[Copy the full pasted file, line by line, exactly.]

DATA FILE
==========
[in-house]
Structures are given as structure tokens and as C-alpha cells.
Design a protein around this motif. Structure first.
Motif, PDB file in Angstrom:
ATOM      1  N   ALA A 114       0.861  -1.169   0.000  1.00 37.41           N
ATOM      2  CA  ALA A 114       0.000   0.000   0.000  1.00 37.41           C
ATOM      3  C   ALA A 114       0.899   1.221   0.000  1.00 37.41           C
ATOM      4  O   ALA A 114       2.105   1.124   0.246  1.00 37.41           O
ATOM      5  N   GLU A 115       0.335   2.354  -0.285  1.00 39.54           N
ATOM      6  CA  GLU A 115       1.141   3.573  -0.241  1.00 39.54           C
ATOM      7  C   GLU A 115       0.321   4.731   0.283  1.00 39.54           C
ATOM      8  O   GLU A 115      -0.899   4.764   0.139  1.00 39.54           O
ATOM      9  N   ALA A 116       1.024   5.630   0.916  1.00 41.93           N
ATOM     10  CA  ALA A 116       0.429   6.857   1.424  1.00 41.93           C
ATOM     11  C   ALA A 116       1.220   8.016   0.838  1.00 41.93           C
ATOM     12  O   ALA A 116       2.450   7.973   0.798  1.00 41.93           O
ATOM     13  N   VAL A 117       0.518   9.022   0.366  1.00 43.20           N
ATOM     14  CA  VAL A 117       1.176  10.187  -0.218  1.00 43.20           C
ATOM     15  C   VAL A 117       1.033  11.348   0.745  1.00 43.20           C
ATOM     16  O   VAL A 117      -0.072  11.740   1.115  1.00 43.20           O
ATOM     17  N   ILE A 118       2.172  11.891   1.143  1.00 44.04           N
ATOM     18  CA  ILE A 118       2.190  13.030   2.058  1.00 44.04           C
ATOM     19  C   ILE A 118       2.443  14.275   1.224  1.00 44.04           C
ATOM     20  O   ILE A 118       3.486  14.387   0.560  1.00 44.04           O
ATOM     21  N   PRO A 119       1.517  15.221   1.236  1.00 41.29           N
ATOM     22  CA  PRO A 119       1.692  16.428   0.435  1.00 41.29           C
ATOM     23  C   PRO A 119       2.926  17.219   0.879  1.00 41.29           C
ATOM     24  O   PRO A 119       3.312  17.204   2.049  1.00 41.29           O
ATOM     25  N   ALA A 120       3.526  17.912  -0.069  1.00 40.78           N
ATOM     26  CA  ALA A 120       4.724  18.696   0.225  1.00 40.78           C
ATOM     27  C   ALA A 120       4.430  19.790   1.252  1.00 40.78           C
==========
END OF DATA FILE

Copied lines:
[in-house]
Structures are given as structure tokens and as C-alpha cells.
Design a protein around this motif. Structure first.
Motif, PDB file in Angstrom:
ATOM      1  N   ALA A 114       0.861  -1.169   0.000  1.00 37.41           N
ATOM      2  CA  ALA A 114       0.000   0.000   0.000  1.00 37.41           C
ATOM      3  C   ALA A 114       0.899   1.221   0.000  1.00 37.41           C
ATOM      4  O   ALA A 114       2.105   1.124   0.246  1.00 37.41           O
ATOM      5  N   GLU A 115       0.335   2.354  -0.285  1.00 39.54           N
ATOM      6  CA  GLU A 115       1.141   3.573  -0.241  1.00 39.54           C
ATOM      7  C   GLU A 115       0.321   4.731   0.283  1.00 39.54           C
ATOM      8  O   GLU A 115      -0.899   4.764   0.139  1.00 39.54           O
ATOM      9  N   ALA A 116       1.024   5.630   0.916  1.00 41.93           N
ATOM     10  CA  ALA A 116       0.429   6.857   1.424  1.00 41.93           C
ATOM     11  C   ALA A 116       1.220   8.016   0.838  1.00 41.93           C
ATOM     12  O   ALA A 116       2.450   7.973   0.798  1.00 41.93           O
ATOM     13  N   VAL A 117       0.518   9.022   0.366  1.00 43.20           N
ATOM     14  CA  VAL A 117       1.176  10.187  -0.218  1.00 43.20           C
ATOM     15  C   VAL A 117       1.033  11.348   0.745  1.00 43.20           C
ATOM     16  O   VAL A 117      -0.072  11.740   1.115  1.00 43.20           O
ATOM     17  N   ILE A 118       2.172  11.891   1.143  1.00 44.04           N
ATOM     18  CA  ILE A 118       2.190  13.030   2.058  1.00 44.04           C
ATOM     19  C   ILE A 118       2.443  14.275   1.224  1.00 44.04           C
ATOM     20  O   ILE A 118       3.486  14.387   0.560  1.00 44.04           O
ATOM     21  N   PRO A 119       1.517  15.221   1.236  1.00 41.29           N
ATOM     22  CA  PRO A 119       1.692  16.428   0.435  1.00 41.29           C
ATOM     23  C   PRO A 119       2.926  17.219   0.879  1.00 41.29           C
ATOM     24  O   PRO A 119       3.312  17.204   2.049  1.00 41.29           O
ATOM     25  N   ALA A 120       3.526  17.912  -0.069  1.00 40.78           N
ATOM     26  CA  ALA A 120       4.724  18.696   0.225  1.00 40.78           C
ATOM     27  C   ALA A 120       4.430  19.790   1.252  1.00 40.78           C